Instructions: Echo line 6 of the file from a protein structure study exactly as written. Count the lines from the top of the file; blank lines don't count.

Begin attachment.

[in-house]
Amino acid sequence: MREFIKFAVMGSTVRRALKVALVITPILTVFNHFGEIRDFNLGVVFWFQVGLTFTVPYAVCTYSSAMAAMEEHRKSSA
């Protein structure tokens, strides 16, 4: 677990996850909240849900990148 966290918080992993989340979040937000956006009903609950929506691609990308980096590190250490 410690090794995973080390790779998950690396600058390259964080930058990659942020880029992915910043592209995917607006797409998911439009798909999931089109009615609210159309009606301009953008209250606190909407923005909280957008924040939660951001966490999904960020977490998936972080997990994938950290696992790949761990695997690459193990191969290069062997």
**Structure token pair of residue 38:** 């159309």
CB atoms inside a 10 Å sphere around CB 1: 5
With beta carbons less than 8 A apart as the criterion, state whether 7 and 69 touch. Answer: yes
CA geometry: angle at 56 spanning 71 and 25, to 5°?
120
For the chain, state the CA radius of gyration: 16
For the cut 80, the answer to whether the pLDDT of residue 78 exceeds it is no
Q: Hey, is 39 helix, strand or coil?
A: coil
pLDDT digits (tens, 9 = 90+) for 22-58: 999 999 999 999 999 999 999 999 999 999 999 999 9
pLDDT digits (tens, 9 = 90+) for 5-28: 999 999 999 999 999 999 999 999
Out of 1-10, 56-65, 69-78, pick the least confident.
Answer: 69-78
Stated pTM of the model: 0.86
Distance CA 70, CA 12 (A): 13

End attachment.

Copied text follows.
With beta carbons less than 8 A apart as the criterion, state whether 7 and 69 touch. Answer: yes